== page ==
Still blurry with sleep, Jacobs walked up to a crime scene cordoned off with shiny yellow police tape. It was June 14, 2017, and then-KCSO Deputy Cesar Molina had just shot 20-year-old Vietnamese American student Tommy Le twice in the back and once in the back of the hand. Le died of the wounds to his back shortly after. When Jacobs arrived on the scene, it was after midnight. By that time, Le was already dead.

Before Jacobs had even been notified of the shooting, KCSO had already set up the scene’s temporary command center. Among those present at the command center were then-Major Mitzi Johanknecht — she was the Precinct 4 commander in Burien at the time — and then-Captain Scott Somers. Former Sheriff John Urquhart arrived later at the scene but told the Emerald in a May 10, 2021, interview that he did not stay long.

Somers would later instruct the scene’s responding sergeant, then-Sgt. Ryan Abbott, to treat one of the witness deputies as an involved deputy. This meant that the witness deputy would not be compelled to give a statement the night of the shooting. The Emerald wrote about this decision and the red flags it raised in a later investigation into the events that night and into the way the KCSO handled its own internal investigation of the shooting.

“This was just a complete PR bungle,” Dan, one of the sources who spoke with the Emerald on condition of anonymity, said in an April 2, 2021, interview. “They knew that Tommy Le had a pen within seconds. And yet they withheld that information. … They did that on purpose. And away we go. [The KCSO] are running downhill with one mistake on top of another, and it just doesn’t pass the smell test.”

Continue reading ‘The Beginning of The End’: The Uphill Battle for Oversight in King County

‘The Knives Come Out’: The Uphill Battle for Oversight in King County

by Carolyn Bick 


This is the first in a series of articles examining the pushback and internal pressure former Office of Law Enforcement (OLEO) director Deborah Jacobs appears to have faced during her tenure at OLEO. This pushback appears to have mainly stemmed from within the King County Sheriff’s Office (KCSO), the very law enforcement entity OLEO is tasked with overseeing, as well as the King County Police Officer’s Guild (KCPOG), some of whose members belong to the KCSO. Multiple sources have alleged that certain members of the KCSO and the KCPOG mounted an internal campaign against Jacobs and said that the main goal of the campaign was Jacobs’ ouster. The King County Council decided not to renew Jacobs’ contract, after an independent investigation found that Jacobs had violated King County discrimination codes. Jacobs has since filed a tort claim against King County.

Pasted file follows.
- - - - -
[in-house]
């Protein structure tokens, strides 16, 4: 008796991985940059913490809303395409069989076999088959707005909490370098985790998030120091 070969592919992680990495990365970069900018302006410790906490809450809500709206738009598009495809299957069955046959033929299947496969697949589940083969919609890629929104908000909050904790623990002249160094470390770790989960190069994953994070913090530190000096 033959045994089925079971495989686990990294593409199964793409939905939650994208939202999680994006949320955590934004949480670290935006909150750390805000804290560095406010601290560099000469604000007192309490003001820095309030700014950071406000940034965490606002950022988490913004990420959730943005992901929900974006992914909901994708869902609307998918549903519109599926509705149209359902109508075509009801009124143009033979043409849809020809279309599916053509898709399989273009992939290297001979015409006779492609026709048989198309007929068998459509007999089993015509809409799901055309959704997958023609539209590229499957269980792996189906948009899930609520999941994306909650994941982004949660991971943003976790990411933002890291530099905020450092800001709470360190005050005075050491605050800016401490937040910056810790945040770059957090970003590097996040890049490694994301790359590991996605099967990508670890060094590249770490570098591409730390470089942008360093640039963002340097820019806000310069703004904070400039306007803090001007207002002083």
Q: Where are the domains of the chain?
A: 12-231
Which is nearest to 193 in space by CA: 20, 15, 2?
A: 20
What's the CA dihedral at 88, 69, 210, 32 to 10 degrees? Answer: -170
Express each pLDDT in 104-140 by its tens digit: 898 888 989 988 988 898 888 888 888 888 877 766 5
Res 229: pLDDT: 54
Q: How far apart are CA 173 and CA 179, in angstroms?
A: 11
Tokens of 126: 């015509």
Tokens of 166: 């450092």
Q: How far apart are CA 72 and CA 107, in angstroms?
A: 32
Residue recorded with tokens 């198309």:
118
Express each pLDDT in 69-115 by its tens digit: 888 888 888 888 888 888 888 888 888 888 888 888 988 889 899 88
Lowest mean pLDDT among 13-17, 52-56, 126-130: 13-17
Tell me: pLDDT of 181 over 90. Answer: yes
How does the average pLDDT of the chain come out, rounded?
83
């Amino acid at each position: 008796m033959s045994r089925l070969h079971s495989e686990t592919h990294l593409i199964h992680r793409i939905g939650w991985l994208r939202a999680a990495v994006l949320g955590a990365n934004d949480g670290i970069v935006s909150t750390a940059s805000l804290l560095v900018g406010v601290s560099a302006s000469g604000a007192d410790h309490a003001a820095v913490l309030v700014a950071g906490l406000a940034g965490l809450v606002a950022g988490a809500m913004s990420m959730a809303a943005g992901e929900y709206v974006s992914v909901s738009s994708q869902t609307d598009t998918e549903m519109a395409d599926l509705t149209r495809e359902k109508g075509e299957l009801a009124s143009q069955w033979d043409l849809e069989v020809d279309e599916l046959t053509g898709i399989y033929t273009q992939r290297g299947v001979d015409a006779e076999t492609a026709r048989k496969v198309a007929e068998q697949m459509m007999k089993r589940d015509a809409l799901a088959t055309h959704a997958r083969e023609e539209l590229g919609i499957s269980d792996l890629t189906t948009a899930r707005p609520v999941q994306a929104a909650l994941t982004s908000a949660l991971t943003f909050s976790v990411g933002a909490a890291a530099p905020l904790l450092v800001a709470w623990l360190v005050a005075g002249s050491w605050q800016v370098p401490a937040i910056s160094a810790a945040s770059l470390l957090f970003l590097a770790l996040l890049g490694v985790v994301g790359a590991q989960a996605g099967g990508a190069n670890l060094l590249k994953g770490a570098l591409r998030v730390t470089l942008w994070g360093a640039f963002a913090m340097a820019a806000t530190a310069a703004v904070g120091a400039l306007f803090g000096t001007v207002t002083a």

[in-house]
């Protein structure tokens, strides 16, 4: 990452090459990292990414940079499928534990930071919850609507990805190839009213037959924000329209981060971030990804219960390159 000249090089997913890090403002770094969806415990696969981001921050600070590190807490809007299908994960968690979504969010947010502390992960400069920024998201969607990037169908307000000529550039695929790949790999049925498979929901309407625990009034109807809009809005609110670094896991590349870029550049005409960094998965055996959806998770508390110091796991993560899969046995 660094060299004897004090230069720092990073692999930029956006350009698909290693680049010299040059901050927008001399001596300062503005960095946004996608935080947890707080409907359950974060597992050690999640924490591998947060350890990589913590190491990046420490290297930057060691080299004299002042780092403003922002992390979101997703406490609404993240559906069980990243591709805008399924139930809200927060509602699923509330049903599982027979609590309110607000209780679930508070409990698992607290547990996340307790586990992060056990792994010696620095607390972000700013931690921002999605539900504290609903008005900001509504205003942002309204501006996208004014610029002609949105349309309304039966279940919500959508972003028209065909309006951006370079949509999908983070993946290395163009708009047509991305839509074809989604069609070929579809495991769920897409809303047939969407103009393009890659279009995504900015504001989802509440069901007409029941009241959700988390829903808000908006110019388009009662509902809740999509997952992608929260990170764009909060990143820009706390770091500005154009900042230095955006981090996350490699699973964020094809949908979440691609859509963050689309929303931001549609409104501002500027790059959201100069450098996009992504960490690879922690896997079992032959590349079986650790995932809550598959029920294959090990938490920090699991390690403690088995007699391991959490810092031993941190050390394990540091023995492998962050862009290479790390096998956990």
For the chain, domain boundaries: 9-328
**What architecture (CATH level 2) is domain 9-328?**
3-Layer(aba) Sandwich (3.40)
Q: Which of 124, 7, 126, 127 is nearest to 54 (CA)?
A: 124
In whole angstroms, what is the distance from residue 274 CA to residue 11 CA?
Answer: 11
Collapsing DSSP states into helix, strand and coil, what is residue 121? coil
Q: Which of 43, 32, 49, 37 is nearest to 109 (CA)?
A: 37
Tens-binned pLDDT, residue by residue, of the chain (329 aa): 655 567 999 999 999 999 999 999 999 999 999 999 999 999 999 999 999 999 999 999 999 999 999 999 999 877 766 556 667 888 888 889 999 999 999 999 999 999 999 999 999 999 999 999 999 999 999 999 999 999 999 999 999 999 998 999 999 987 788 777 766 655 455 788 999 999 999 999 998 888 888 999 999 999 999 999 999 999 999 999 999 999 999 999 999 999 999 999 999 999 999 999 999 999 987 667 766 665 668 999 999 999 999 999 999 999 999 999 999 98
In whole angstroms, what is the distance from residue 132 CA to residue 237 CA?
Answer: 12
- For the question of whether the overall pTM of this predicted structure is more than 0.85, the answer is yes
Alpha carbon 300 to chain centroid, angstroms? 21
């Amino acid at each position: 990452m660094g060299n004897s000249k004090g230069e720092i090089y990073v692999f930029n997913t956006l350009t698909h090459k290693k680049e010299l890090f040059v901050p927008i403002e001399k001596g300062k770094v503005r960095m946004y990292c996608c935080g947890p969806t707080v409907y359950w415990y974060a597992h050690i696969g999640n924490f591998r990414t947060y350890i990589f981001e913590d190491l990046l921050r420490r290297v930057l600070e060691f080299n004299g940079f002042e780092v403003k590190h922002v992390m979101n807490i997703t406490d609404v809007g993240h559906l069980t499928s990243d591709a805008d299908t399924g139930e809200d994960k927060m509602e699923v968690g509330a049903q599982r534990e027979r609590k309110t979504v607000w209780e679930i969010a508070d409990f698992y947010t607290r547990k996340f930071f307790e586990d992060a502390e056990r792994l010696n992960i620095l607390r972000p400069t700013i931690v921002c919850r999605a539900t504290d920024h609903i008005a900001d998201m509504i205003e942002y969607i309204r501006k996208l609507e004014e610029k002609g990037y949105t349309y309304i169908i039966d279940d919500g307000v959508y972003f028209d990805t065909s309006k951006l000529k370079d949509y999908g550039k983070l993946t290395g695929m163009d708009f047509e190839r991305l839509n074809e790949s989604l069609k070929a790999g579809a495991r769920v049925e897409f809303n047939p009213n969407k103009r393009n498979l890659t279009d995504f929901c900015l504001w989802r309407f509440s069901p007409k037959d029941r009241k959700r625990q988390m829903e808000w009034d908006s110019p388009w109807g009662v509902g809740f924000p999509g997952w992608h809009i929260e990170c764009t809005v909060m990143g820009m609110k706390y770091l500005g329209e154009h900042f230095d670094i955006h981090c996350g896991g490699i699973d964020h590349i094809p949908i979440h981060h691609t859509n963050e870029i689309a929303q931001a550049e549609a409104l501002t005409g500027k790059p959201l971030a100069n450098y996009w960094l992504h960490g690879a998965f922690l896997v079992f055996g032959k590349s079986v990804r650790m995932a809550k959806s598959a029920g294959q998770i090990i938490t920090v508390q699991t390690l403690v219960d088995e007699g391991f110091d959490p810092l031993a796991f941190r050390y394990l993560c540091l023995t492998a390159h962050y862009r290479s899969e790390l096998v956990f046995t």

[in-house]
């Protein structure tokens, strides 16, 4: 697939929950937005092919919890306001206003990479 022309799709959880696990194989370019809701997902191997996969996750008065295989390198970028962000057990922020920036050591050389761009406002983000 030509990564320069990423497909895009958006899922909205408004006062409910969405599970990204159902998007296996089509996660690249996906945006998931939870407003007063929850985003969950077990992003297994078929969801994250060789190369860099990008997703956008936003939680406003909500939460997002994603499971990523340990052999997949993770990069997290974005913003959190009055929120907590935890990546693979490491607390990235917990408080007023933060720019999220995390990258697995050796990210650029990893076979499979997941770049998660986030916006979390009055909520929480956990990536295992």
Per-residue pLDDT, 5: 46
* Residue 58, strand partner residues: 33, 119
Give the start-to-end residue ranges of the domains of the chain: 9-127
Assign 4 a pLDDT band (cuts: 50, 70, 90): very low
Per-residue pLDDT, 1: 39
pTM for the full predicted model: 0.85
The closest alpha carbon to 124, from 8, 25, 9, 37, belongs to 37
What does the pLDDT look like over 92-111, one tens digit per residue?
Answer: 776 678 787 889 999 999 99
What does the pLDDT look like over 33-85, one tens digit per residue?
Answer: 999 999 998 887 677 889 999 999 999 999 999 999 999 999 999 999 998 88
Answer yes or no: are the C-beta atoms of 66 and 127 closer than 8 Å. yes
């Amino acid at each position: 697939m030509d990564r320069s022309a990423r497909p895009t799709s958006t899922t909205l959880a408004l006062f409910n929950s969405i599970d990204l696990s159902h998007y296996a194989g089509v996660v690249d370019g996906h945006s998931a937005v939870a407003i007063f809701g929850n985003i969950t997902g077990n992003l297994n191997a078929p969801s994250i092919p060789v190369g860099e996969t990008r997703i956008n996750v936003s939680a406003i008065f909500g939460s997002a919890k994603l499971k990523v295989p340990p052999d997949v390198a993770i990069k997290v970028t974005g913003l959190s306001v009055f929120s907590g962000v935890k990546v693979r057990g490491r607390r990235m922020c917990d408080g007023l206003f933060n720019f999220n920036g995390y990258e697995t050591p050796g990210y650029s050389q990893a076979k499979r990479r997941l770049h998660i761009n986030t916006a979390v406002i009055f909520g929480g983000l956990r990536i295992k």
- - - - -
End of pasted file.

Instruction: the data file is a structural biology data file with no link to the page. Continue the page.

Sitting at the table with other King County officials, Deborah Jacobs watched then-Sheriff John Urquhart gesture towards his side as he answered questions in a private 2017 meeting at the Asian Counseling and Referral Services’ headquarters, just before a public one for the community at the same location, regarding Tommy Le’s death, only weeks after it happened. Urquhart was talking about where King County Sheriff’s Office then-Deputy Cesar Molina had shot Le.

It’s unclear whether Urquhart knew at that point that Molina had shot Le in the back. But Jacobs knew. And it was then, said Jacobs — the director of the King County Office of Law Enforcement Oversight (OLEO) at the time — she realized that she might very well lose her job: She said that she did not want to hide the fact that Molina had shot Le anywhere other than in the back but that she was bound by internal politics and policies that forbade her from speaking about the shooting in public. 

Deborah Jacobs would eventually lose her job when, in 2020, the King County Council voted not to renew her contract. But while she served as OLEO director, she appears to have faced a years-long internal campaign against her by the King County Sheriff’s Office (KCSO) and the King County Police Officer’s Guild (KCPOG), whose ultimate goal was her ouster. Furthermore, Jacobs would also spend much of her tenure at OLEO caught in a contentious collective bargaining agreement negotiation with KCPOG and the KCSO that would prove to hinder her ability to do her job as she saw fit. 

Continue reading ‘The Knives Come Out’: The Uphill Battle for Oversight in King County

King County Sheriff’s Office Fires “All Lives Splatter” Detective Michael Brown

by Carolyn Bick


The King County Sheriff’s Office has fired Detective Michael Brown over social media posts he made both during the summer’s protests and in the hours following a specific hit-and-run that killed protestor Summer Taylor and seriously injured another protestor, Diaz Love, including a post that read, “All Lives Splatter.” It took eight months for the Office to fire Brown following his initial posts. The Office also took into account past sustained violations on his record.

Continue reading King County Sheriff’s Office Fires “All Lives Splatter” Detective Michael Brown